I have an odd relationship with the Bruichladdich Black Arts line.
Not odd like I’m secretly in love with the bottle design (though I do love my goth ascetics) or odd that I’m going to make a joke about somehow using it as a fleshlight. Google that. At work. In front of your boss. It’ll be funny.
No, from the first time I saw this release, I was interested in it. You can’t see the whisky. The scores for some of the initial releases were legendary. The idea of getting it in my part of Canada was laughable.
Then the third release came out, and there was talk about how it went in a new direction. The first and second had been so many different flavours hitting you at once. The third was more complex and less chaotic. It had it’s lovers and haters. The fourth edition popped up, and continued the idea of the third, much to the chagrin of some hardcore fans.
There was a Feis Ile release to calm them down. Because an exclusive that’s only sold for a month in a half bottle and then auctioned off at triple the price is how to calm down whisky fans (NOTE: I’m being sarcastic here).
So we end up with a new bottling of Black Arts. What makes Bruichladdich Black Art 5.1different? It’s the first one not made by Jim McEwan. The story goes that Bruichladdich’s current Head Distiller, Adam Hennett was handed the final recipe by Jim McEwan, who was retiring. Adam Hennett decided to go his own way.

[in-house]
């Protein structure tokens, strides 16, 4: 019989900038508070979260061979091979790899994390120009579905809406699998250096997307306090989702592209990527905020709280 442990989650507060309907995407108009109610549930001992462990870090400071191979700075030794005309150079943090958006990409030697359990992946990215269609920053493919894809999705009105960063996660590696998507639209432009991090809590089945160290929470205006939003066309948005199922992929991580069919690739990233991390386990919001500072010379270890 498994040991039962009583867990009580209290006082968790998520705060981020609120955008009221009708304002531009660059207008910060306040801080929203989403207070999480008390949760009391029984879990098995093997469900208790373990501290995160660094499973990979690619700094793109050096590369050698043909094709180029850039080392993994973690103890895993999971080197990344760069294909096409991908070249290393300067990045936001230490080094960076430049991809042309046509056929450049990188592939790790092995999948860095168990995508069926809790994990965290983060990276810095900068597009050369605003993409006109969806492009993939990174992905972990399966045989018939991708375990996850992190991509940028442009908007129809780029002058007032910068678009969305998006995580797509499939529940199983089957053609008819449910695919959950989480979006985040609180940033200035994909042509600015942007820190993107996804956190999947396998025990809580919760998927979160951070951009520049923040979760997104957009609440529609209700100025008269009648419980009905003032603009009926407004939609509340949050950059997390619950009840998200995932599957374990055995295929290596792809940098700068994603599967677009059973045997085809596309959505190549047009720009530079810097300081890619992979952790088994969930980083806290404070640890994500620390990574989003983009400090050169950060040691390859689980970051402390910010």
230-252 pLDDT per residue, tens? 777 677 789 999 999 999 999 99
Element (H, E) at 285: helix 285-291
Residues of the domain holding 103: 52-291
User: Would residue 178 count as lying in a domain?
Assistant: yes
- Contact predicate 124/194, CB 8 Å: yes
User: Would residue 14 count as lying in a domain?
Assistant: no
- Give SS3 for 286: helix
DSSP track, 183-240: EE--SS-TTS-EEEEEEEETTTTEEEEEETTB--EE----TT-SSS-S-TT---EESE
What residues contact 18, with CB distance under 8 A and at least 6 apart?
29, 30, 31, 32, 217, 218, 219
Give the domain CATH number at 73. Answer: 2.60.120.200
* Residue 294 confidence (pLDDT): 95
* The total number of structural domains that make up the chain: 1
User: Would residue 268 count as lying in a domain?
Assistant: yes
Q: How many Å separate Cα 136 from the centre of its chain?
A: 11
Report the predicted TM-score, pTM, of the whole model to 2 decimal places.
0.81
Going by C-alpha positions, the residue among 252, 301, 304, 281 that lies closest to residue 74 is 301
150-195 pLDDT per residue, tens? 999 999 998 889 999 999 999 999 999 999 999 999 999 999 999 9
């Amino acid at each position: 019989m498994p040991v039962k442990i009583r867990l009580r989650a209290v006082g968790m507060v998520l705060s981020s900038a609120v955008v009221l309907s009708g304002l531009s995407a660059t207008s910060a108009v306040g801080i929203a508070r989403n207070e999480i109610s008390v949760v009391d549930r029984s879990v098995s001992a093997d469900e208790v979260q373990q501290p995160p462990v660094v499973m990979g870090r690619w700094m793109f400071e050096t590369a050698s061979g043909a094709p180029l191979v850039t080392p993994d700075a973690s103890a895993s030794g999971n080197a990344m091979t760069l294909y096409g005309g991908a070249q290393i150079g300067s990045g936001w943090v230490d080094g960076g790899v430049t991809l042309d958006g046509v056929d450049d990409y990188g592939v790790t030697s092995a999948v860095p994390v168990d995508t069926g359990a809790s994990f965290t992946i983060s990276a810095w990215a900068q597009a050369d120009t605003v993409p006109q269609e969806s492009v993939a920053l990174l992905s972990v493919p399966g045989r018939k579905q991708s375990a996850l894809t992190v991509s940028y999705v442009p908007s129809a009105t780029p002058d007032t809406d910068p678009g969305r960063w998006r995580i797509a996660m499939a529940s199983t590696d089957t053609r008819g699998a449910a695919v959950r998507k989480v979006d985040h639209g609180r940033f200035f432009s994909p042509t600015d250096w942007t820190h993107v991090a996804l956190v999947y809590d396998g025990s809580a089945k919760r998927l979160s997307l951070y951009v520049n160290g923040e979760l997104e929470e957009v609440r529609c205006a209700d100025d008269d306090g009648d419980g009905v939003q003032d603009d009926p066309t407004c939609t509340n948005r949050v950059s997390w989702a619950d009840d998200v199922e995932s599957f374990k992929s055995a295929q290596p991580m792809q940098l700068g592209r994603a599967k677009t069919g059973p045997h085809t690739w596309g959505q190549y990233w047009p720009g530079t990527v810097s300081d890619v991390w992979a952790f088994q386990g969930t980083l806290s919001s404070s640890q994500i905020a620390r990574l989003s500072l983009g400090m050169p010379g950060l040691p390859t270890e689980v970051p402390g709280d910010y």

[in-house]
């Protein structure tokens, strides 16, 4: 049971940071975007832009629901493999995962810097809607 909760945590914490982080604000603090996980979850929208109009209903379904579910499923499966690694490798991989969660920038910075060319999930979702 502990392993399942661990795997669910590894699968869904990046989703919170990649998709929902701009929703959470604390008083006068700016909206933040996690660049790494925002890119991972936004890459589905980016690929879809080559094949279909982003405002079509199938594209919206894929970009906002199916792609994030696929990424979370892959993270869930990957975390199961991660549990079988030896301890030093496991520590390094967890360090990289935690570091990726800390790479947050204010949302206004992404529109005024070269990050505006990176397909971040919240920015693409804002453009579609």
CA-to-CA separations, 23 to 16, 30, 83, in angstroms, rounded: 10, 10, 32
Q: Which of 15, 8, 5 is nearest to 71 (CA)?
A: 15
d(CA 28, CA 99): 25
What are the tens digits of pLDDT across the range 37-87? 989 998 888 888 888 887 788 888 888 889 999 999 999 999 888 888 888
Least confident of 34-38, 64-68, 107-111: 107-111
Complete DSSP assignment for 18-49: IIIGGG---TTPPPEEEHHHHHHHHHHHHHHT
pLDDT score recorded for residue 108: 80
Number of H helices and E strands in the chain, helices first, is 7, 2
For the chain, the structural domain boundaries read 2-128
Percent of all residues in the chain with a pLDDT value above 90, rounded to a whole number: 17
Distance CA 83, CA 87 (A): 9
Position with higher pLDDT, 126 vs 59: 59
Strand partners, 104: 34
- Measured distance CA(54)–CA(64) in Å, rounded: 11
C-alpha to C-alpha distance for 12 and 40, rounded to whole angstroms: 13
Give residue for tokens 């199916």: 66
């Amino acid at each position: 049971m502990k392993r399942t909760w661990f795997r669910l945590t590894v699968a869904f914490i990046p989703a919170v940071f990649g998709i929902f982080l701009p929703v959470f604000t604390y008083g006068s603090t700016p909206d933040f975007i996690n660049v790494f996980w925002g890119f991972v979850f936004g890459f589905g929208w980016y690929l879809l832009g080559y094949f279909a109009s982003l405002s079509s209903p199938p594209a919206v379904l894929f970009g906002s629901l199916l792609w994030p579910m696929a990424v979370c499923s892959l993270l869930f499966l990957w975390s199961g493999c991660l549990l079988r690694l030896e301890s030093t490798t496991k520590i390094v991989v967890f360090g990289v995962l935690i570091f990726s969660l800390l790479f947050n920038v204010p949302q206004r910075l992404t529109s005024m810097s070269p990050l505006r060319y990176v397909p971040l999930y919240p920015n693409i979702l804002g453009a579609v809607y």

And while I don’t think Mr. Hennett phrased it well, I agree with his decision to make a Black Art his way. He is, in fact, the new Head Distiller, and needs to make his own way, his own mistakes, etc.
So let’s see what the most recent version of Black Arts brings to the table, shall we?
Price: N/A at the LCBO
Age: 24 years old
Colour: 10YR 6/10
Nose: Peach pie, raspberry, Gran Marnier, mushroom, artificial green apple
Initial nose is nothing but peach pie. Lots and lots of peaches, butter, and spices. I’ll say it’s quite hard to get past it.
It’s odd having a complex note being dominant and unbalanced towards it. Eventually there’s some acidic sweet notes and earth. Not much beyond that.
Taste: Currant, grape, sulphur, raisin, brown sugar, lemon
No complexity here. At first I thought it was going the 1/2/High Noon route of multiple flavours. However it doesn’t really deliver anything interesting.
There’s some raisin and brown sugar that’s nice, but… meh? I’m looking for something.
Finish: Cranberry, peach, carrot juice, ginger, caramel
Short finish. A Black Arts with a short, mostly earth and sweet forward finish.
You can’t see my forehead right now, but that vein that pops out when I’m disappointed and mildly angry is twitching.
Conclusion: It’s worse then the 4, and 4 was a let down. Take a moment to let that sink in. Prior to this release, the “worst” was one that was just “great”. All others had been amazing (and I’ve now reviewed all of them, 1 to come eventually).
A really nice nose and then a standard, okay dram. Is it better than some things out there? Yeah, of course. There’s some quality here. However… nothing that evokes the past quality.
If I review this in a bubble where other Black Arts don’t exist, then I’d say it’s an alright dram that was in some weak casks. If I then take a step closer on that, I’d say that it needed another few whiskies added in with more cojones.
An okay dram with a name that shouldn’t allow an okay dram. It’s a hard pass for me, and I’m glad I only bought half a bottle.
Scotch review #732, Islay review #168, Whisky Network review #1215